Interview with Ragnarok Director Mikkel B. Sandemose



If you ever wondered what really went down in the Viking era and are partial to Godzilla, Ragnarok is the movie for you. Releasing August 15th you will be able to catch all that Nordic fun on VOD. Before the release of the film to the public, I got a chance to speak to the director Mikkel Braenne Sandemose. He had the following to say…


Jim: I was curious, what were your thoughts and ideas going into directing the film?


Mikkel: First of all, there was never a proper action adventure movie of this kind made in Norway before. We wanted to bring a story, and base our traditional materials from here. We always hear about the Nordic mythology, in school it’s dry and boring. We really wanted to show that this material is fantastic and entertaining. Those two motions came together in building this thing up.


Jim: Going into it were you going for a Viking piece or did you want to center it around the monster?


Mikkel: I would say that, the big focus was that we wanted the film to be based on historical facts. You can go to our capitol here in Oslo, and see this with your own eyes and imagine the story and the ship. Obviously we went for the hybrid adventure/creature film, but we wanted to have the adventure feeling all the way through and keep the creature as part of the quest and mythology.


Jim: Did you do a lot of research regarding the Viking culture and history prior to filming?

Mikkel: Ohh, absolutely. The beginning of the movie, the riddle that they are looking at and solve is not far off from the actual one. The Viking believed in a force hidden in the water. That’s how we started to develop the animal, a thing that lives beneath the earth in the water.


Jim: I found the character of Sigurd interesting. He had multiple dimensions to him. What was your take on the character and how did you want to present him to the audience?


Mikkel: When making the character, we really wanted to make him a Nordic guy in 2014. We wanted to have a feeling of real people meeting something spectacular. I think in that sense we tried to make the character down to earth. A sort of a underdog that struggles.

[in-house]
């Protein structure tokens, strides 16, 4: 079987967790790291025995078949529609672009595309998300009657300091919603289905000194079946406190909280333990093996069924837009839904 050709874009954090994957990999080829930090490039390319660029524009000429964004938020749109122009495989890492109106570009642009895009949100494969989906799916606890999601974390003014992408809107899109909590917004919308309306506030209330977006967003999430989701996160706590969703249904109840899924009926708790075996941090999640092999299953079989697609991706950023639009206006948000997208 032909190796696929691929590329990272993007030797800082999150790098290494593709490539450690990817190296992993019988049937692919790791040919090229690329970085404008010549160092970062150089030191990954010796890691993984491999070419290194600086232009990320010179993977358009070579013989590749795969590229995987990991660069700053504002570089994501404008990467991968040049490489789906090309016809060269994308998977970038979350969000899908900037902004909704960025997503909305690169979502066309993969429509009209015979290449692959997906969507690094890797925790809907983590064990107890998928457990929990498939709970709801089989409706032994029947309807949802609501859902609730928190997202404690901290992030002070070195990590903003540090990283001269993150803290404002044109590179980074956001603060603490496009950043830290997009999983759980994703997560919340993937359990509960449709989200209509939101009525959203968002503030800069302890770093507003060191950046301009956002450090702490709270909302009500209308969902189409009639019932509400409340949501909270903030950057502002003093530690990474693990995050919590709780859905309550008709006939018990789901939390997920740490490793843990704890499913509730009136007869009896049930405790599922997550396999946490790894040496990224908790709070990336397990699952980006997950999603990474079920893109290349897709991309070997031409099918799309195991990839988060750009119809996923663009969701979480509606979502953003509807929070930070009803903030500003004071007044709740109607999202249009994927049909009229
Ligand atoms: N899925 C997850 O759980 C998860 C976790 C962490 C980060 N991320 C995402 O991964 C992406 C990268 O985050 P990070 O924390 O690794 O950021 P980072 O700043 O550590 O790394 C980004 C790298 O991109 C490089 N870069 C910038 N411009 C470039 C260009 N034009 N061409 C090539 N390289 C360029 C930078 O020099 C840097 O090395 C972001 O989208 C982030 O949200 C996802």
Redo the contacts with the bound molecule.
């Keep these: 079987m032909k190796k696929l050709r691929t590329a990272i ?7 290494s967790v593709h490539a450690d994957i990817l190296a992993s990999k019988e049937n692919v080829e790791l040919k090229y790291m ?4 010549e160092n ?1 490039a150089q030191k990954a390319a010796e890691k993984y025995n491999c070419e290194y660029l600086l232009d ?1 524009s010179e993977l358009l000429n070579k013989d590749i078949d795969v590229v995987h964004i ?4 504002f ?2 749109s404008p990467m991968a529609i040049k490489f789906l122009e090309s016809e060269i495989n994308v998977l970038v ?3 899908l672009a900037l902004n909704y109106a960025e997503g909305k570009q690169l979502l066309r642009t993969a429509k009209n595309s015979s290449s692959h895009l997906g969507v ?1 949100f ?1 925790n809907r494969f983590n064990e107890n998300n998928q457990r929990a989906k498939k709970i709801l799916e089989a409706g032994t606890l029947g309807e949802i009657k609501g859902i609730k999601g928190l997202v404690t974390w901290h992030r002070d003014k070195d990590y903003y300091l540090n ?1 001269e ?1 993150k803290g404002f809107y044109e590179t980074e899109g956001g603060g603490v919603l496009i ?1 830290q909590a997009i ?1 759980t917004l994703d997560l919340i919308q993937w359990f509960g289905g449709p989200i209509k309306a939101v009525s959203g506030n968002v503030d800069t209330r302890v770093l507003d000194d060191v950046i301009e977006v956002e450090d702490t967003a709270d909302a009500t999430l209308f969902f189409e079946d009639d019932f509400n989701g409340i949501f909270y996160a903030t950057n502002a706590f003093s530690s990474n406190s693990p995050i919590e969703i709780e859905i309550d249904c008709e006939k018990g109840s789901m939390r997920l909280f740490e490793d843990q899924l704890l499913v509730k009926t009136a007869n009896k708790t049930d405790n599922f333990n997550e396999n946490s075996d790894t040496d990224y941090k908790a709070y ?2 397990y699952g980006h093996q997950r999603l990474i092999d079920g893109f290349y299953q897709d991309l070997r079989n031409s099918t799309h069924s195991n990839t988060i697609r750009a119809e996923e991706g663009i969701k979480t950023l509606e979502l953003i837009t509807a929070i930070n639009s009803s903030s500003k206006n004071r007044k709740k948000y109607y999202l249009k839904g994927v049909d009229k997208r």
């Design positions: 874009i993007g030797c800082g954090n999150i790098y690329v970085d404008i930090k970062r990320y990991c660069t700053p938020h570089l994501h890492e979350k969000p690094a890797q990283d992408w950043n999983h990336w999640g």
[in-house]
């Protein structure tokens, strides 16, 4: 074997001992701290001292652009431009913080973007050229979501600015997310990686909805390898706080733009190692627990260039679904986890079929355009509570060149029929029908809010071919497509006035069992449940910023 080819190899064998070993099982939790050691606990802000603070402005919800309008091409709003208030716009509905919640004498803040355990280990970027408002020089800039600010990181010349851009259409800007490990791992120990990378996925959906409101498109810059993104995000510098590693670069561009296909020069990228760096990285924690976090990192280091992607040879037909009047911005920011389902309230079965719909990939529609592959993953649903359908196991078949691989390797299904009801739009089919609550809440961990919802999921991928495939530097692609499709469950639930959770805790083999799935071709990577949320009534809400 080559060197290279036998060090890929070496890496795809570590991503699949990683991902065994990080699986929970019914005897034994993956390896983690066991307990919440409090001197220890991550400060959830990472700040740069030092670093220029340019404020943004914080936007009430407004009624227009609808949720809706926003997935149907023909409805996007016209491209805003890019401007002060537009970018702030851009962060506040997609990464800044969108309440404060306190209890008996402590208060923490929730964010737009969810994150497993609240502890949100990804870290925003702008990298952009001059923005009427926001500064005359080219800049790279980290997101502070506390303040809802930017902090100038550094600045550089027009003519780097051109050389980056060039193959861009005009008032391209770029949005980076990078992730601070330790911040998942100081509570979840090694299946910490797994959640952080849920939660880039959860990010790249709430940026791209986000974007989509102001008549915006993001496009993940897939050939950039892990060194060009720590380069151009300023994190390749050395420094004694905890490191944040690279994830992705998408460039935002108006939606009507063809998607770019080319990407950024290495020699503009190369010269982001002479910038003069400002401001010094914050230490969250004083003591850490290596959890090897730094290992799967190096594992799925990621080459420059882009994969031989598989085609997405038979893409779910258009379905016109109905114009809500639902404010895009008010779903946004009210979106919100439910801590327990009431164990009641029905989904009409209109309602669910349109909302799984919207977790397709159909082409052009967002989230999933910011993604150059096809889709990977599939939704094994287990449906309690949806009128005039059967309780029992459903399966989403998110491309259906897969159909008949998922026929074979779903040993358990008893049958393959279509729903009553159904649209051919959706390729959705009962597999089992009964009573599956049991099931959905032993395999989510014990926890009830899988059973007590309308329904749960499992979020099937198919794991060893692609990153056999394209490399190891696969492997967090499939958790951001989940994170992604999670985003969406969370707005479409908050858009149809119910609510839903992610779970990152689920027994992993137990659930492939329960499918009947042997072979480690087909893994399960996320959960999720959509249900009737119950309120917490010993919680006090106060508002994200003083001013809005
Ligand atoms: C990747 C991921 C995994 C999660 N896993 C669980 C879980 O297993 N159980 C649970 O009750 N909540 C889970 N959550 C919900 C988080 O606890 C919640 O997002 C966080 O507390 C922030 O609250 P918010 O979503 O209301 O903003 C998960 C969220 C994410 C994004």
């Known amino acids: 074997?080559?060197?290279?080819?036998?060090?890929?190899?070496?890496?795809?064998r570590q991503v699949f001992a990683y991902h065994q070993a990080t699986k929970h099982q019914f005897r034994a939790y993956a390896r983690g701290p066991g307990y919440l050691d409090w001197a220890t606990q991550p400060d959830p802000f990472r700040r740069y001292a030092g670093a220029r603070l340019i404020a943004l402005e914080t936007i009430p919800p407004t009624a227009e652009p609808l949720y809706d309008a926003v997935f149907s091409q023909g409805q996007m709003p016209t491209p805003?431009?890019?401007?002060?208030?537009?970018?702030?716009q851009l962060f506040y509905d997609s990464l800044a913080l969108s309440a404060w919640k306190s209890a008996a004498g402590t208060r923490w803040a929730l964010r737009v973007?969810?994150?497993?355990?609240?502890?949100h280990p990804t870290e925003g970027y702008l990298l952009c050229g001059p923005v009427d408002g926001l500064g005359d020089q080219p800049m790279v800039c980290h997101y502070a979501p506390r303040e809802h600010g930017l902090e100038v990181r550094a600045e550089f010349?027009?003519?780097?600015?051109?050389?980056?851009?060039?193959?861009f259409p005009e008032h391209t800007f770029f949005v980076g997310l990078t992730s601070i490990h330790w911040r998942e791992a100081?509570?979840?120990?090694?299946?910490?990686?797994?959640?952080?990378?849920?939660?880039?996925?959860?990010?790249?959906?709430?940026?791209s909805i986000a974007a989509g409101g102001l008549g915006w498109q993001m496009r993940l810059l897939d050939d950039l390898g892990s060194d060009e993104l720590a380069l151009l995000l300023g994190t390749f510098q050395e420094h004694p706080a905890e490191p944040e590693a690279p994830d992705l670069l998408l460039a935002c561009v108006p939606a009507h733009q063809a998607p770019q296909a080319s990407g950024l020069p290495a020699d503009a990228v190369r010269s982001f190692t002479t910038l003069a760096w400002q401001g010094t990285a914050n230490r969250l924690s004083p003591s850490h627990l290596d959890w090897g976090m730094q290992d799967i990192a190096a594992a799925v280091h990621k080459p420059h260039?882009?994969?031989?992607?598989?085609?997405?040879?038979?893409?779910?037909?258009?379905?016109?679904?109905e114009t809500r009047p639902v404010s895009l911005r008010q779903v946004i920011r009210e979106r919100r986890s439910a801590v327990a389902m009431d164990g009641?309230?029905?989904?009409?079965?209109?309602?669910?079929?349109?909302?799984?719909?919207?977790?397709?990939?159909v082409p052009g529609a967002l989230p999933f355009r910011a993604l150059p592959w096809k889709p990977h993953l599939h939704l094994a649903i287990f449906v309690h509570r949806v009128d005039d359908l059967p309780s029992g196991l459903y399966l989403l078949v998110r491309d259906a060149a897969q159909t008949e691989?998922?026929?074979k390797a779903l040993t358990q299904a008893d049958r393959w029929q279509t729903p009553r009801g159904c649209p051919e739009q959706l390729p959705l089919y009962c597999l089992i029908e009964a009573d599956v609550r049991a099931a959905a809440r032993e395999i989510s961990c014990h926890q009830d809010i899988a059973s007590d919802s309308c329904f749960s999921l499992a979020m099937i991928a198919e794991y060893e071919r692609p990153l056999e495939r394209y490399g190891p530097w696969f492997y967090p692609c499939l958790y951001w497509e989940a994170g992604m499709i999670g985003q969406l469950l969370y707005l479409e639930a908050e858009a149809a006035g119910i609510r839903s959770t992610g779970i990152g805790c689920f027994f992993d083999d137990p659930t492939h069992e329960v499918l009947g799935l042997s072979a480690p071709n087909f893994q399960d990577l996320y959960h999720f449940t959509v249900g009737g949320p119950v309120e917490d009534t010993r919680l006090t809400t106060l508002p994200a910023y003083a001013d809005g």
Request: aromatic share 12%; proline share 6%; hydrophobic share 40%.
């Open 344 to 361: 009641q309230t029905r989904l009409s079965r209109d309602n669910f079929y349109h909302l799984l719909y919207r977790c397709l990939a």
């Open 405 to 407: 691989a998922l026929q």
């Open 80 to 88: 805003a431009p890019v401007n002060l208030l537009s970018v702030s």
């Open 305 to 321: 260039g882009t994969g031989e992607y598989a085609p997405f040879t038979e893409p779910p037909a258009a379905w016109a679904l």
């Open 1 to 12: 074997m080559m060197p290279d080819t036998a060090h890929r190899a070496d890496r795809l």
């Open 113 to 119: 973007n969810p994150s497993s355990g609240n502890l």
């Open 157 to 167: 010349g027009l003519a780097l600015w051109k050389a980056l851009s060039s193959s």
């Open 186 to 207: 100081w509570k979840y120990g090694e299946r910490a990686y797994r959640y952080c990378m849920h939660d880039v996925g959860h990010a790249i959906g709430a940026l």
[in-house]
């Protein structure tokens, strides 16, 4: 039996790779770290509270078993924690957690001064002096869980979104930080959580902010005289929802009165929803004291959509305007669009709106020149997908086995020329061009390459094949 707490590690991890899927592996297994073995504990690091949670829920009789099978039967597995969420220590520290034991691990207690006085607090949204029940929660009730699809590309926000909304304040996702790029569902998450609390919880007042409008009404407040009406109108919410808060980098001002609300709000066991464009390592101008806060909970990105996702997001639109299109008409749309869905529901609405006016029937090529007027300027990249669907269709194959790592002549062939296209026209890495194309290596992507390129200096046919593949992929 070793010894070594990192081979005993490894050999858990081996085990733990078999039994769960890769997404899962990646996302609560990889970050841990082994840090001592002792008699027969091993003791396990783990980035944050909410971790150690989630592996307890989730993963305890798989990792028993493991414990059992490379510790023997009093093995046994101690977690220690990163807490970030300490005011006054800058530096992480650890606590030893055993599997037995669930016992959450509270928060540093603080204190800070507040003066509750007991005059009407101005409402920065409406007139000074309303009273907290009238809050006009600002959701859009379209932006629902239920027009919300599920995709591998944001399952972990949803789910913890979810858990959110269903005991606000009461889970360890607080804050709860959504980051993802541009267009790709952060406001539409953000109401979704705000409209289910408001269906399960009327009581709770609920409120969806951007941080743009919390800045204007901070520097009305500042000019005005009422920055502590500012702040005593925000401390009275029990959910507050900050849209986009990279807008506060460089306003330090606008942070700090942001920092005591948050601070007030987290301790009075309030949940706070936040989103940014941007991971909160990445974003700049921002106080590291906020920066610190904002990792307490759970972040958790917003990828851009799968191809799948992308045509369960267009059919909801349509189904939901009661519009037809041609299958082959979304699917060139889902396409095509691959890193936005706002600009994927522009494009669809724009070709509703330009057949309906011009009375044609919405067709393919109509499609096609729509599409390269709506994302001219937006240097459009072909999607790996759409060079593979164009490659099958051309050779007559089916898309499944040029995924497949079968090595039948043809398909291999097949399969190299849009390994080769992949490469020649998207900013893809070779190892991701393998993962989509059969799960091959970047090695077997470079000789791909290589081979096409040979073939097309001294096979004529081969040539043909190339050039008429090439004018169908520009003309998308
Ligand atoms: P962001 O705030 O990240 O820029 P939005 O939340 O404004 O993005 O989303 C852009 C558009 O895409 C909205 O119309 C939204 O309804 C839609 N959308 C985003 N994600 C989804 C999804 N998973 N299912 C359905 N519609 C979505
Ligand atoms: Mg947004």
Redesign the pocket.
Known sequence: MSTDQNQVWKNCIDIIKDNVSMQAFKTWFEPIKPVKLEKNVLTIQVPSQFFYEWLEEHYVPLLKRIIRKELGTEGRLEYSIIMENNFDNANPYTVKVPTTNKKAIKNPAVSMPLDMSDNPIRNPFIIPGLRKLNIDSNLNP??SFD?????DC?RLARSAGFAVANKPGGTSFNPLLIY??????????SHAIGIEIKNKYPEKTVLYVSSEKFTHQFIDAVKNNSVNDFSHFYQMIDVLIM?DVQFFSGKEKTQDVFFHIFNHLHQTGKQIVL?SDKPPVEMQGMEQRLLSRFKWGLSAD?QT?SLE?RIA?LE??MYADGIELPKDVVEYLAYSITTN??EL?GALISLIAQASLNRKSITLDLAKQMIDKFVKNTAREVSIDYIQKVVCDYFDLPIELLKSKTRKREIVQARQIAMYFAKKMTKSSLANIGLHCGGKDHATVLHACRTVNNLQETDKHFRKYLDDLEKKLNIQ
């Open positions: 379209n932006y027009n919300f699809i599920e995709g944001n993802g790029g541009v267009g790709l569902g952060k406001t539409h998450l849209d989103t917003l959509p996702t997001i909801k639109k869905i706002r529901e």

Jim: How did you want the film to come off to the United States audience and outside of Norway?


Mikkel: When we started making the movie, during the preparation my focus was trying to make if for the Nordic countries. I had this feeling that this could be something exotic coming from another part of the world. A lot of people are interested in Nordic mythology, especially in Hollywood, especially Greek mythology keeps getting used over and over. I feel the Nordic mythology has thousands of stories still untold. I was hoping it would be picked up and have a larger audience. I am happy that the film now moves out of my borders into different countries over the world.


Jim: Since, the entire cast is from the Nordic region. How did you come about with casting the people that appear in the film?


Mikkel: Sigurd, I worked the longest to find him. I was very happy to get Pal on board. I knew he had to be Norwegian for the Norwegian audience it would be very awkward if the cast wasn’t Norwegian. Then I found Sofia Helin, she’s a Swed. She plays in the theater here called the Bridge. After that I found the kids and co-actors. Most of them I knew from before, not personally. It was about making this family, the family I wanted to end up with in the film. We spent a bunch of time looking at different kids. I needed the kids to be believable in those difficult scenes, and to play to something that you really don’t see.


Jim: Where were some of the shooting locations, it looked very exotic looking:


Mikkel:  Primarily, I knew I wanted to shoot everything on location. I wanted the kids and adults to feel the presence of the nature. The nature is so important for the Vikings, but it’s also important for the Nordic mythology. From early on it was decided to shoot everything on location, no green screen. We did all the effect shots on the locations. Most of it was in Norway, where they drive the boat through the valley was further north. There were also some scenes filmed in Sweden.


Jim: Any upcoming projects you are working on or close to releasing?


Mikkel: I’m not close to releasing, but we are working on different projects. Some are related to this one. I had fun making this movie. This is the sort of film I grew up with and enjoy the most. To be able to make this kind of film now and present it to a new audience feels really good. Luckily, I have some projects here so we will see what it comes to?


Jim: Any plans to come over to America and make some movies here? Or plan on staying local with Norwegian films?


Mikkel: I guess a combination for me would be a perfect solution. I would like to make movies in Hollywood, but I also like making movies here and working with the crews. I know the film might open up possibilities for the combination of the two. After the release of the film at the different festivals, I got agents coming through.


You can follow Mikkel on Twitter: @supersandis



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